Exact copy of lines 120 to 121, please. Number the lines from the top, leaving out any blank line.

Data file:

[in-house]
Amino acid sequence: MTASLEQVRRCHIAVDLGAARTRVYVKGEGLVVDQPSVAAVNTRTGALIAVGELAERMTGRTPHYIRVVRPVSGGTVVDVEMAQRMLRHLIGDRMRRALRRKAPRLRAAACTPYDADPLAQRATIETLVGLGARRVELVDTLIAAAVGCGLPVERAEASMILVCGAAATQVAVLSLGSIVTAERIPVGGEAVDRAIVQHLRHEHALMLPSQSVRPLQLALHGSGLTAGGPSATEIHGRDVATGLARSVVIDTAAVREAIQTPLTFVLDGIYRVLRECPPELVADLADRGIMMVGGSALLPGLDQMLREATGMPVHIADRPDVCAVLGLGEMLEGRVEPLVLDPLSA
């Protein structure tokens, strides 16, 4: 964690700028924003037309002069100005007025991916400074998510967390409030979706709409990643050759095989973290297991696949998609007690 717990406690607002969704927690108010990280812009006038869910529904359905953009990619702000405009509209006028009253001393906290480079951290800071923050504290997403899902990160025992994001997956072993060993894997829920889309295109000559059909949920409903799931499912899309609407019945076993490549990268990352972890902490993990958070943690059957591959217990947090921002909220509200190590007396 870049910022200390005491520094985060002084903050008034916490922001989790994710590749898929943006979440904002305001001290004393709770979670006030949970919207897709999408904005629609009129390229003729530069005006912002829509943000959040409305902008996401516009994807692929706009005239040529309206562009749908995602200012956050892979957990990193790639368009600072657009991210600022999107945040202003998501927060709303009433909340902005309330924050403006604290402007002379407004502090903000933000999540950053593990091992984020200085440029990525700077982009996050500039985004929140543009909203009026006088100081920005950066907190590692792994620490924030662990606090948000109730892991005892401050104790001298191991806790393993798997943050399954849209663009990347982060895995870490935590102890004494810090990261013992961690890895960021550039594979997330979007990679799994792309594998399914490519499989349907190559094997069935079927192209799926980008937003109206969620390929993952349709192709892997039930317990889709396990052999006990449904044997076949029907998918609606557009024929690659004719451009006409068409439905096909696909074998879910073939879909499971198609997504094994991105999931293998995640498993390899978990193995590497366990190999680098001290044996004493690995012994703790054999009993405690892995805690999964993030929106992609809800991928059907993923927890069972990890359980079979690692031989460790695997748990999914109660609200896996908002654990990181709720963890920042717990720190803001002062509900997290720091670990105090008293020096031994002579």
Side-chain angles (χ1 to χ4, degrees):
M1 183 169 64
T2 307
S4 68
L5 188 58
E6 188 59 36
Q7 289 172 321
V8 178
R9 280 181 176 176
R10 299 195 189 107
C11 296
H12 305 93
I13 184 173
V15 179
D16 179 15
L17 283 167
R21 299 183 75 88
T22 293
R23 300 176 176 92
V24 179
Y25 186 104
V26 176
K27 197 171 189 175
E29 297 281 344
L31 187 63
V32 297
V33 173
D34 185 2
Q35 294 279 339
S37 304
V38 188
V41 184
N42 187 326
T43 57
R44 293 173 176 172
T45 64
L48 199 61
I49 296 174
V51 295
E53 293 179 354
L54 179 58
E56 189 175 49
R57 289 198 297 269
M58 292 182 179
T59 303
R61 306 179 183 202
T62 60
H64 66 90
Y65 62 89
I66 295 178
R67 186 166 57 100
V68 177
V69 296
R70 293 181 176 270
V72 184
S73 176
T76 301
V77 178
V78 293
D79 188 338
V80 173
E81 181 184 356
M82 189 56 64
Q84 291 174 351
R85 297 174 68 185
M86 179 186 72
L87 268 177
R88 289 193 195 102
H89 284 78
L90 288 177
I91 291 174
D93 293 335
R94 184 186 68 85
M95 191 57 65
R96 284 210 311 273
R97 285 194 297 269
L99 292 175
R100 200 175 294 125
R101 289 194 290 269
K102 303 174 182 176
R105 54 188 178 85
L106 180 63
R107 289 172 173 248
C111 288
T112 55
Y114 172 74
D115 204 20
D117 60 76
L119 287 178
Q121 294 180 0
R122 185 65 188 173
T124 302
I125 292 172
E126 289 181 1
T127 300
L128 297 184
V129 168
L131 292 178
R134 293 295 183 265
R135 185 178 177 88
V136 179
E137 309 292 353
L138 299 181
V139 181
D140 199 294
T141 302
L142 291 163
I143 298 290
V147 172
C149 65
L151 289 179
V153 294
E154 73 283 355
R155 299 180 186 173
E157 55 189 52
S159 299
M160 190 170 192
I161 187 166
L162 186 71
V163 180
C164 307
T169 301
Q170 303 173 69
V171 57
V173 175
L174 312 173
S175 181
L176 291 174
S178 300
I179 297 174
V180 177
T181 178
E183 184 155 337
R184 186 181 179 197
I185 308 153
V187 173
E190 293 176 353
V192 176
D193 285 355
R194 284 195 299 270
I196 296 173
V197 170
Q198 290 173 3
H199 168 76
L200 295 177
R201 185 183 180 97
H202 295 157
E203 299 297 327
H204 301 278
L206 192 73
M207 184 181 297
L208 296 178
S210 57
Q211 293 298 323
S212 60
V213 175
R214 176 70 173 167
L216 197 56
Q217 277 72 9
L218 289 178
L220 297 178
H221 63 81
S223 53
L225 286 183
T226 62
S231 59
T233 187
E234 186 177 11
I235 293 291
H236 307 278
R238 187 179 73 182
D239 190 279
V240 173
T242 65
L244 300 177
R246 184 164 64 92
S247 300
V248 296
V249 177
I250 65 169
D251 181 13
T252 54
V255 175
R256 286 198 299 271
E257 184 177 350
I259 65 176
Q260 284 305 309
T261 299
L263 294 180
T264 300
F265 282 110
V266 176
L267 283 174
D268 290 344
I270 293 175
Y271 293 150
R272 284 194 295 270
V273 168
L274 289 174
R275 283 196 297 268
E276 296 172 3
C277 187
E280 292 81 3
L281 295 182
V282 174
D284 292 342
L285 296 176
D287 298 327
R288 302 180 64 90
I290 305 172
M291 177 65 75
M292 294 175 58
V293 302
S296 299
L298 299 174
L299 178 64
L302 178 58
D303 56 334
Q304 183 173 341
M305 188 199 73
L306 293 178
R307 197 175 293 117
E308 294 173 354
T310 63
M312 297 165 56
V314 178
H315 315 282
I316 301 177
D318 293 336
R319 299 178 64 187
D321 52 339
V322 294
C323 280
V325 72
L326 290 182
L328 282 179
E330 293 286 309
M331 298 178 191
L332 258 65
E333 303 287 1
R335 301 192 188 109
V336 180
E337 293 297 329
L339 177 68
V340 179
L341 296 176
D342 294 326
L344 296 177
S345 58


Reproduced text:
M160 190 170 192
I161 187 166